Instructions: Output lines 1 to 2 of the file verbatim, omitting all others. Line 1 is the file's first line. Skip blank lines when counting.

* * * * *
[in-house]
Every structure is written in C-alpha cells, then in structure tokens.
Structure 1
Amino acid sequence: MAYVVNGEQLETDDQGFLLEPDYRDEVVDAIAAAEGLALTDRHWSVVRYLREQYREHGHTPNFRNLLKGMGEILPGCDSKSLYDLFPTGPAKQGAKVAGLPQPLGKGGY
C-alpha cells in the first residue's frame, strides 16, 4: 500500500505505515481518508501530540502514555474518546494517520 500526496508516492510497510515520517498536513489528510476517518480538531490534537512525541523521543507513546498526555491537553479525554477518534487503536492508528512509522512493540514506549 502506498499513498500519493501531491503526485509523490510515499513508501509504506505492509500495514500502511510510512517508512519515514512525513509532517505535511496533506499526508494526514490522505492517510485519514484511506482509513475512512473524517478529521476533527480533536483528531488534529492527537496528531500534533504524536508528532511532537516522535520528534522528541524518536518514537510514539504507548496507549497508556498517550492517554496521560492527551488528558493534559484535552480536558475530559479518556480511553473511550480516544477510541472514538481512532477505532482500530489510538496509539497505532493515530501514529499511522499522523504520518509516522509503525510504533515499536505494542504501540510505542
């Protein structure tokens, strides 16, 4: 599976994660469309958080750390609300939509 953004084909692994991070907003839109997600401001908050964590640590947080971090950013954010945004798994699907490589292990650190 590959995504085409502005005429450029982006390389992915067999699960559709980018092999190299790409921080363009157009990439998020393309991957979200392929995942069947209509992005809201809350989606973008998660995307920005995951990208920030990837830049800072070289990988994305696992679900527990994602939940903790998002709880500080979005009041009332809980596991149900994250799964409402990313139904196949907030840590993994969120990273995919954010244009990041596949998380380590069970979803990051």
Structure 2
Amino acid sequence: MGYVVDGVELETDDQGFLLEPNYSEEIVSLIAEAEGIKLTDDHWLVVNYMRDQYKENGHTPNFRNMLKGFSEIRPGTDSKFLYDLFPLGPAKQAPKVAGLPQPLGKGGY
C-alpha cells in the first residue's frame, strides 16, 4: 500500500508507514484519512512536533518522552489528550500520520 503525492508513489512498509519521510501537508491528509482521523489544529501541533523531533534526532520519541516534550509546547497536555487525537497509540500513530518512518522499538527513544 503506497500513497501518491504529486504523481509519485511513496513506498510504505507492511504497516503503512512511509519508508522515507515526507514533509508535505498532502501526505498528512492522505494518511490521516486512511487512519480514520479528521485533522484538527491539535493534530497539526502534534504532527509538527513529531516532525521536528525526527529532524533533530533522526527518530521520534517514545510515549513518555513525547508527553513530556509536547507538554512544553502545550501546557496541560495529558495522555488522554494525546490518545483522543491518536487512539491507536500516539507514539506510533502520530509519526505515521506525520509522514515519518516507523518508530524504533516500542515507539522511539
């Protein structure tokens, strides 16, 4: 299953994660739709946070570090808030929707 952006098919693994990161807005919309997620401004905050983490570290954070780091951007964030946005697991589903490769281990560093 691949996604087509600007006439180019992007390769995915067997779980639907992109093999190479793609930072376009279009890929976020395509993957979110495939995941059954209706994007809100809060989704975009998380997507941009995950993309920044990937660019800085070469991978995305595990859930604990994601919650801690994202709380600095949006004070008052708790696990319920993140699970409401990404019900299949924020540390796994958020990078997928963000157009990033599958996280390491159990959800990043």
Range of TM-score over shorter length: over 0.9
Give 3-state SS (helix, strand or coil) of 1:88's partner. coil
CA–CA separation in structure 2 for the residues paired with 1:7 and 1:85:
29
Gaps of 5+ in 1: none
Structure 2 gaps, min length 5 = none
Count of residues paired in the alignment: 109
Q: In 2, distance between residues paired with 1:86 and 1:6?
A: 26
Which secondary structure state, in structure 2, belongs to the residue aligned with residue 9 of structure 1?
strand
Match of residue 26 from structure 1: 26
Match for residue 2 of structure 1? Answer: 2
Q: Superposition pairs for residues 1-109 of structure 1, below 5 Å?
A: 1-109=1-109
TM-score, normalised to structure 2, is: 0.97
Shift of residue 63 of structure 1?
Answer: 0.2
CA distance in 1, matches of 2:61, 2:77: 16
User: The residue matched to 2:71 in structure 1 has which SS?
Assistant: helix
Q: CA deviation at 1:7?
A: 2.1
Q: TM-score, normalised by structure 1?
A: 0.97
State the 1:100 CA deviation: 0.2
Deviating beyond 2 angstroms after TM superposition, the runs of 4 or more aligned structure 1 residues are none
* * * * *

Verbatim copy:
[in-house]
Every structure is written in C-alpha cells, then in structure tokens.